Most of us are safe. And if you’re at your wit’s end, it’s worth a try.
Either way, you’re going to need meet with someone who’s a bit farther down the road than you, who’s either studied and/or has experience battling the unsavory parts of marriage.
How to Fix a Broken Marriage in a World Full of Broken Marriages
50% of marriages in the US don’t make it.
Our culture doesn’t value committed relationships nearly as much as things like “getting your own way,” “feeling good,” “adventure,” and other things that aren’t consistently part of the marriage experience.
You don’t have to go far to find someone on the internet who’ll advise you to end your marriage ASAP.
It’s not that we don’t value relationships, it’s more likely that we don’t value the things relationships require – courage, hard work, perseverance, commitment, a mountain of forgiveness…
… and a bigger mountain of humility.
Before you place the blame squarely on your spouse, you should ask some difficult questions about what you’ve done to add to the trouble. Most bad relationships aren’t simply one-sided. I know that you’re mad, hurt, and have a long list of sins your partner has committed against you, but they’ve probably got one too.
What I’m about to recommend is something most people won’t do – it requires a level of maturity and personal strength that’s rare in our culture.
Sit down with your spouse and say something like this:
“I’m realizing that there are some things that I’ve been doing that have made things difficult. Can you tell me 3 big things I can work on right now – things I need to change?”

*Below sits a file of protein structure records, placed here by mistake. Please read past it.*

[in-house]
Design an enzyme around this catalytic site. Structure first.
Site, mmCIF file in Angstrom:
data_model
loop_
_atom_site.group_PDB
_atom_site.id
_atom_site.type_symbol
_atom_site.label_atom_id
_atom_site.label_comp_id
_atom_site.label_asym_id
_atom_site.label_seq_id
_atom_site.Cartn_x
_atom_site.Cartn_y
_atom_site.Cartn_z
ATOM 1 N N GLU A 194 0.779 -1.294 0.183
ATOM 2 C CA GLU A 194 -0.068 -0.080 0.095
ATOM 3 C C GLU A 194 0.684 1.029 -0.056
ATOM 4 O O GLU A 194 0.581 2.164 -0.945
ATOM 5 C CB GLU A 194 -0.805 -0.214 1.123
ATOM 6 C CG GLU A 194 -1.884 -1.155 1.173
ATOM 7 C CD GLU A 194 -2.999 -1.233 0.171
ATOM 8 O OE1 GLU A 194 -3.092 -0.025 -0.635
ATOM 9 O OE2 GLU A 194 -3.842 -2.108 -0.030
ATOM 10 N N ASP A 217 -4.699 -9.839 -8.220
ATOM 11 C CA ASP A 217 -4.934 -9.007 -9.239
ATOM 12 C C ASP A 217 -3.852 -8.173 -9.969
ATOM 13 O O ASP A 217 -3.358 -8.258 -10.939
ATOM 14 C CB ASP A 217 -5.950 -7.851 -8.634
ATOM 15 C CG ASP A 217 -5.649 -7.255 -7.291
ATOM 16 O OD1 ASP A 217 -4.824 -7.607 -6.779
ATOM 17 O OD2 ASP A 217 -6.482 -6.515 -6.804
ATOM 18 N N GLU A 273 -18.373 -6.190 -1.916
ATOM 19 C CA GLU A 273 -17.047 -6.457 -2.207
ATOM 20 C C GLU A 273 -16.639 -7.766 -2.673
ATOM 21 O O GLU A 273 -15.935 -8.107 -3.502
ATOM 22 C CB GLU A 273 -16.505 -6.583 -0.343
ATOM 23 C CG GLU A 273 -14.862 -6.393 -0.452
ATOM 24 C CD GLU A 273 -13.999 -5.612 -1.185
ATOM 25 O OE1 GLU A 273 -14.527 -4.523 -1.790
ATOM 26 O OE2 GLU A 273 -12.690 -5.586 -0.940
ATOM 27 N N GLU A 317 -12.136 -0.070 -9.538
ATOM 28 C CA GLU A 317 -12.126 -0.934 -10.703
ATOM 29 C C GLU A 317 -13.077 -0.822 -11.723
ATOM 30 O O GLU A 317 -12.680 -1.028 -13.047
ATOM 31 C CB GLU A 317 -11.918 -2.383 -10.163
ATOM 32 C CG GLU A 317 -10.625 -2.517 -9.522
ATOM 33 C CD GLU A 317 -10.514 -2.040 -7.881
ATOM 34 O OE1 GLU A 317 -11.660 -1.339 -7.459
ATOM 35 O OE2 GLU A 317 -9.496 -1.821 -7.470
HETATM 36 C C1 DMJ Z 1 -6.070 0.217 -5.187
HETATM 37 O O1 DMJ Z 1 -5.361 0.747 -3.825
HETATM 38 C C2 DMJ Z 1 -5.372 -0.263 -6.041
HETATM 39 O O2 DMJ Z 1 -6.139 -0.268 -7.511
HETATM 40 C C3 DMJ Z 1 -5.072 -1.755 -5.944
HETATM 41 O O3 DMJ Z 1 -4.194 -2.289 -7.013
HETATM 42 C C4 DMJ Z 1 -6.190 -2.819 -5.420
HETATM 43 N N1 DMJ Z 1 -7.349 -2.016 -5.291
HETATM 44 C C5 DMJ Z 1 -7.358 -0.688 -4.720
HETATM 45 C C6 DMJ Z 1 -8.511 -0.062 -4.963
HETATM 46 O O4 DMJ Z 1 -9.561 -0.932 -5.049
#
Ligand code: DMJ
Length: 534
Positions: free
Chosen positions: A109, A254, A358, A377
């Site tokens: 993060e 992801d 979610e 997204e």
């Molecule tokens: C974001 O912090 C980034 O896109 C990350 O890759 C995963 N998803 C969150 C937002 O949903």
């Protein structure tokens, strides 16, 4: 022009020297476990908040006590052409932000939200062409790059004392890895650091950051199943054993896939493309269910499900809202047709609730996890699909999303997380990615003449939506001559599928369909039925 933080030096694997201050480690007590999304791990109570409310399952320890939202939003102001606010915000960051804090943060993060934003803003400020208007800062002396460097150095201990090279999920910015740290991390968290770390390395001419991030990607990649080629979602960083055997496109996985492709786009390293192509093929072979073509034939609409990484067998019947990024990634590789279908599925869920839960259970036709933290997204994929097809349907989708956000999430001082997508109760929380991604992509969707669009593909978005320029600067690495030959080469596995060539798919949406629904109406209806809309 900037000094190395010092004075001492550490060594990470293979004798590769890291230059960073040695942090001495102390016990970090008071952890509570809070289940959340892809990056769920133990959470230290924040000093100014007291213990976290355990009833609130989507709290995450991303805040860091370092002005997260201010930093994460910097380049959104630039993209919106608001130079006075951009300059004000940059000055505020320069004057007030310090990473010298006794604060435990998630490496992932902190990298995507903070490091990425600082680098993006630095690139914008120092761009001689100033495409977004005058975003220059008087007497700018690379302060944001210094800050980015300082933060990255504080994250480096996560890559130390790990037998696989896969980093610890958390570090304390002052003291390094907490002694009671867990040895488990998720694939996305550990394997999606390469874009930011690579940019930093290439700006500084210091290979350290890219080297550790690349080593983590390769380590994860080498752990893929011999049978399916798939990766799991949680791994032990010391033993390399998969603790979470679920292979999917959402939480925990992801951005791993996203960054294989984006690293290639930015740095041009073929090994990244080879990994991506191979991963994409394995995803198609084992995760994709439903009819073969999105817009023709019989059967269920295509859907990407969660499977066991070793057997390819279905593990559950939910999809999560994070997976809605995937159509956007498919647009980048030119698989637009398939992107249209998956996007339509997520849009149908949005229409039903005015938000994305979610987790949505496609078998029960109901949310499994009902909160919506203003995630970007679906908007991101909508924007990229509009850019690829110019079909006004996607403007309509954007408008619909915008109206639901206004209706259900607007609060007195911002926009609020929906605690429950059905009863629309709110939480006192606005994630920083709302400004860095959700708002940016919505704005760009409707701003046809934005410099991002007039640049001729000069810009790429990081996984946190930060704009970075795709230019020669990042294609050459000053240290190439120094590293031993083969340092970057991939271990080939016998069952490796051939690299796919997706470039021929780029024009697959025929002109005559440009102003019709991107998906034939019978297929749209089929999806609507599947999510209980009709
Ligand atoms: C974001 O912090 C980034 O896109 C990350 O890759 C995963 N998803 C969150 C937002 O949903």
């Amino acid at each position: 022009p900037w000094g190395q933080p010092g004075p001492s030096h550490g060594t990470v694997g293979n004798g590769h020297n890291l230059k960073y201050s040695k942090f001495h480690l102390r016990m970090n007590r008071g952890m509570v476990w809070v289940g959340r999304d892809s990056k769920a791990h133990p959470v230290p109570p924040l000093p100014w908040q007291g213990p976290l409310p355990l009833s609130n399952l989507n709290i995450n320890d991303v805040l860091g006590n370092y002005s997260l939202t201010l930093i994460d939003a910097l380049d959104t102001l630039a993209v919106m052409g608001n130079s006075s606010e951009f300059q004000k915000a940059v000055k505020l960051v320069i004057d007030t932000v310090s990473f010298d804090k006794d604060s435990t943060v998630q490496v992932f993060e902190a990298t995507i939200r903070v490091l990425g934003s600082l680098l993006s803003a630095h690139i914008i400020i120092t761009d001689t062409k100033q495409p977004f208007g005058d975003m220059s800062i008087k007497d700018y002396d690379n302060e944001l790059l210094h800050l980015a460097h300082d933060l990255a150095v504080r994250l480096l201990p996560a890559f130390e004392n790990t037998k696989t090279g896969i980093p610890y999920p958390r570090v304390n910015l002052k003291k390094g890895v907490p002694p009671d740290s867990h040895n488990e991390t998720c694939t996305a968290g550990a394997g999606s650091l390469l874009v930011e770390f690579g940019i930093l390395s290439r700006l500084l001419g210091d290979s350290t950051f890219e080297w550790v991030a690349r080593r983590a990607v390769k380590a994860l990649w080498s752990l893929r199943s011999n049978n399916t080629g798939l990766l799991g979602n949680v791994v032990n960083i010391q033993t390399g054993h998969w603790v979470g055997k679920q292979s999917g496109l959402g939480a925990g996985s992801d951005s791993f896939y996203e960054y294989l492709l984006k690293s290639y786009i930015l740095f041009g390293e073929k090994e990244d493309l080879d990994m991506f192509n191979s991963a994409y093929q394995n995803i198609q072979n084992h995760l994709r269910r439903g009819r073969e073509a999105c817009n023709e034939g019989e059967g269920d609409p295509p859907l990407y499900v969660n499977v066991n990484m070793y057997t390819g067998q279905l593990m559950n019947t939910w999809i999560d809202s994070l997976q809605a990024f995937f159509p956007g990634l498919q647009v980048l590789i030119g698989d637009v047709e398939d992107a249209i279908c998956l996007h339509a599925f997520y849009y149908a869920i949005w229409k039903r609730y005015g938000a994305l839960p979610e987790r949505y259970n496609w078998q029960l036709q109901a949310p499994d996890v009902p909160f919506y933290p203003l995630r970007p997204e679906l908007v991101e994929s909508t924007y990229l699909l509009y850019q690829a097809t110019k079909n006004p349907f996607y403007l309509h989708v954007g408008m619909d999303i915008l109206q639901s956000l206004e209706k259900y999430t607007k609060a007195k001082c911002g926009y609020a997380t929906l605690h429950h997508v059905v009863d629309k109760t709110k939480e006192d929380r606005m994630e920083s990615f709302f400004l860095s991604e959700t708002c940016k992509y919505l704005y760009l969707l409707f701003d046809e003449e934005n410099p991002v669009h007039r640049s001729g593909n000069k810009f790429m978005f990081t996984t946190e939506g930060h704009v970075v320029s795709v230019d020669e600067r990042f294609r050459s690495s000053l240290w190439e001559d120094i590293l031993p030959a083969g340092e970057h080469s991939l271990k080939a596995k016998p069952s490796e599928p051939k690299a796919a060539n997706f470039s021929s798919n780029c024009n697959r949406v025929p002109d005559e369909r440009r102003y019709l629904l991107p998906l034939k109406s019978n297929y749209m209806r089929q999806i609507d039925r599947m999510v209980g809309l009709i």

The goal here is to get your spouse talking. If you succeed, if they spill the beans and get honest about their frustrations, you’ve won. All you have to do at this point is listen – which is where most people screw up. You’re already mad, listening to your spouse vent about their frustrations will likely push you over the edge.
But if you can get humble, and realize that you’re probably just as bad as they are, you can get miles down the road with your spouse.
A few years ago my wife decided to make some big changes in our marriage, but she focused on herself, the things she knew were hurting our relationship.
I sat back, watched her do all this hard work, and immediately felt convicted that I needed to follow her lead.
The best way to encourage your spouse to change, especially if he’s a dude, is to make heroic changes yourself.
But that’s something we don’t do in this culture. In our relationships. It’s always someone else’s fault. “I’ll change if they change,” we like to say.
3 Truths About Your Broken Marriage
Love between spouses doesn’t die, it just gets buried.
I know that sounds cheezy, but I’ve seen it too many times in my own marriage, and in the lives of others.
Our true feelings get buried when things stay bad for a few months. When our troubles go un-reconciled for too long, we begin to believe that our love is fading, going away, sailing off into the distance.